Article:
BHUBANESWAR: The Raj-era heritage structure at Hukitola reserve forests of Kendrapara district is all set to get a makeover with the Integrated Coastal Zone Management Project (ICZMP) taking up preservation of the colonial building, famous for its laterite masonry structure and architectural inventiveness.
A provision of `1 crore has been made under the World Bank-funded project and INTACH has been roped in for the work.
A team of INTACH including conservation experts, archeologists and engineers has already visited the site and inspected the condition of the building and water harvesting structures to begin the renovation work.
Project Director of ICZMP, Odisha Ajit Kumar Pattnaik said INTACH will take up structural renovation, chemical conservation and documentation as part of the Hukitola Development Plan.
Renovation of the iconic heritage structure is aimed at attracting nature lovers and creating visitors amenities including boating facilities for tourists. While funds have been earmarked for creating the amenities, the Forest and Environment Department plans to promote it as an eco-tourist complex after the restoration and development work.
As per plans, post-renovation, Hukitola will be used as a tourist complex and Forest Department will deploy speed and country boats for tourists at the spot. Similarly, local youths will be trained to operate boats and maintain the facilities.
Pattnaik said INTACH has been mandated with documentation of the entire renovation work. Besides, appropriate signages will be designed and installed to disseminate information about the heritage structure.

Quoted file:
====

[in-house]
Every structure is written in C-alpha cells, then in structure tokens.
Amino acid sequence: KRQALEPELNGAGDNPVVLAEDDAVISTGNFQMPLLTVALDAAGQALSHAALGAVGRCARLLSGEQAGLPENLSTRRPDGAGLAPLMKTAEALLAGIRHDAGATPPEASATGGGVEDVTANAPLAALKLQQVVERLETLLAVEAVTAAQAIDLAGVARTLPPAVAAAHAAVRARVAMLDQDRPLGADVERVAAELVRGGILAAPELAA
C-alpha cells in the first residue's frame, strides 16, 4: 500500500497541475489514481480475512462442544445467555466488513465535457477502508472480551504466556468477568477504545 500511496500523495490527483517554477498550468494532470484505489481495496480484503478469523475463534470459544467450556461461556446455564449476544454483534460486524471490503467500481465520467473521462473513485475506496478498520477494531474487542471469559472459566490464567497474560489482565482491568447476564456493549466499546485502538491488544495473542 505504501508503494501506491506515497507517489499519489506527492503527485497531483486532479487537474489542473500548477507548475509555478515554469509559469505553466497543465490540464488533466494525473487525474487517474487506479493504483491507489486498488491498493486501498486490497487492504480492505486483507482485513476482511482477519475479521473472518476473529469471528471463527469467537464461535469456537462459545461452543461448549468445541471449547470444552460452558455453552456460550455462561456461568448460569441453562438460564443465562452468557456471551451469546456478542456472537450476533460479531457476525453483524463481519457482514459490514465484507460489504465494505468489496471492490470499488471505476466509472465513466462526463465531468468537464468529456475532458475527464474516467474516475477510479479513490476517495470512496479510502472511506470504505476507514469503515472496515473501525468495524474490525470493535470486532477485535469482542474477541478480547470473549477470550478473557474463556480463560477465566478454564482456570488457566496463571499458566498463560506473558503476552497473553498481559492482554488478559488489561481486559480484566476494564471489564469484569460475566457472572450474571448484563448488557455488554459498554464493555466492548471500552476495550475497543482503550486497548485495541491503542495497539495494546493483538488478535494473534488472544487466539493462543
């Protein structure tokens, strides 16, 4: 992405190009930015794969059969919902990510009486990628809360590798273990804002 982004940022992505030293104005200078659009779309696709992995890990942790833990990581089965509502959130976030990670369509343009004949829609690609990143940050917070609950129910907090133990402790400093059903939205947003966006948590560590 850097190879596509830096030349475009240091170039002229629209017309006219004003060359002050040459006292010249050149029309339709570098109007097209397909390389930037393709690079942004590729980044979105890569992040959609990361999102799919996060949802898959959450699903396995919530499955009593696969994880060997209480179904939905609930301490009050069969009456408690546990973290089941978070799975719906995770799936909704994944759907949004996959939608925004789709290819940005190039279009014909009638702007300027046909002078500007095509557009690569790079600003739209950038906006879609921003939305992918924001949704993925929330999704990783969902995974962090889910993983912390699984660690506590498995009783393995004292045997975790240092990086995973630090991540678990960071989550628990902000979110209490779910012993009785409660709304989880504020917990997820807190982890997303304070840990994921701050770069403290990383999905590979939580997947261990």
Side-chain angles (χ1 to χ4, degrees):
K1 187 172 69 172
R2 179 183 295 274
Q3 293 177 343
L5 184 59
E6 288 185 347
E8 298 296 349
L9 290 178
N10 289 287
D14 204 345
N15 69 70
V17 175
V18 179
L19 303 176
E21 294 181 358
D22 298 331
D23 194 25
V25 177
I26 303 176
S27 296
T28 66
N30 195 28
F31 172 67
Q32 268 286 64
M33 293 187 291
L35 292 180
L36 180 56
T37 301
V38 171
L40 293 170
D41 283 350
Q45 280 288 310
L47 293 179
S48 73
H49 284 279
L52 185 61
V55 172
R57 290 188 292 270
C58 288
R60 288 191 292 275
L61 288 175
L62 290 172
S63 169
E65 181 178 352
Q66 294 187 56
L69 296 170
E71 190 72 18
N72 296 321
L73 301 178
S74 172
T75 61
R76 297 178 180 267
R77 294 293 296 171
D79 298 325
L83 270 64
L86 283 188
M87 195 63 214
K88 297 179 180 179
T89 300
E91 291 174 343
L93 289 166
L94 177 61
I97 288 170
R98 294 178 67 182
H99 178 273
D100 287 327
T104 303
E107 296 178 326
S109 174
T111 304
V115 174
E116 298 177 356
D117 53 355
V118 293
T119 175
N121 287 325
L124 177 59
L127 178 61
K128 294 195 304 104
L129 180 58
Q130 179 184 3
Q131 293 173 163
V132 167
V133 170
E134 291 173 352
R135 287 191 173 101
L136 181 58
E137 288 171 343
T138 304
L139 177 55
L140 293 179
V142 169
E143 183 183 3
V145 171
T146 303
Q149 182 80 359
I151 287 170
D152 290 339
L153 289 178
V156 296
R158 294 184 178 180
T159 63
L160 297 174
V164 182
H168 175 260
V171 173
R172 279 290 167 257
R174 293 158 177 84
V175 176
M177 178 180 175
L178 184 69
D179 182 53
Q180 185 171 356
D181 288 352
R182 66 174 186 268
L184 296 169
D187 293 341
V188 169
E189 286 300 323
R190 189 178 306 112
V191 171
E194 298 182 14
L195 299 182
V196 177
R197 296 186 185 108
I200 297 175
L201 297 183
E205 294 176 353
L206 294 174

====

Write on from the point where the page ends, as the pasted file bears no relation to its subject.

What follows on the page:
The historic building, located in Mahakalpada Forest Range, was in a dilapidated condition and crying for attention. Though its location and architectural beauty drew tourists and researchers alike, little was done in the past to salvage the heritage building which was built by the British during the Great Famine of 1886 - also known as the Na'anka Durbhikhya - to store rice imported from Burma and other places through the sea route. Its proximity to Paradip Port also acted in its favour to be developed as a port.
While the original building and port were named after Hooki Walker, it was designed by TE Ravenshaw, the founder of the iconic Ravenshaw College. Raw materials for construction of the port and the building were shipped through the waterways from Barabati Fort. The place was used as a warehouse-cum-port till 1924 before it was abandoned. This ancient building has rain water harvesting structures too.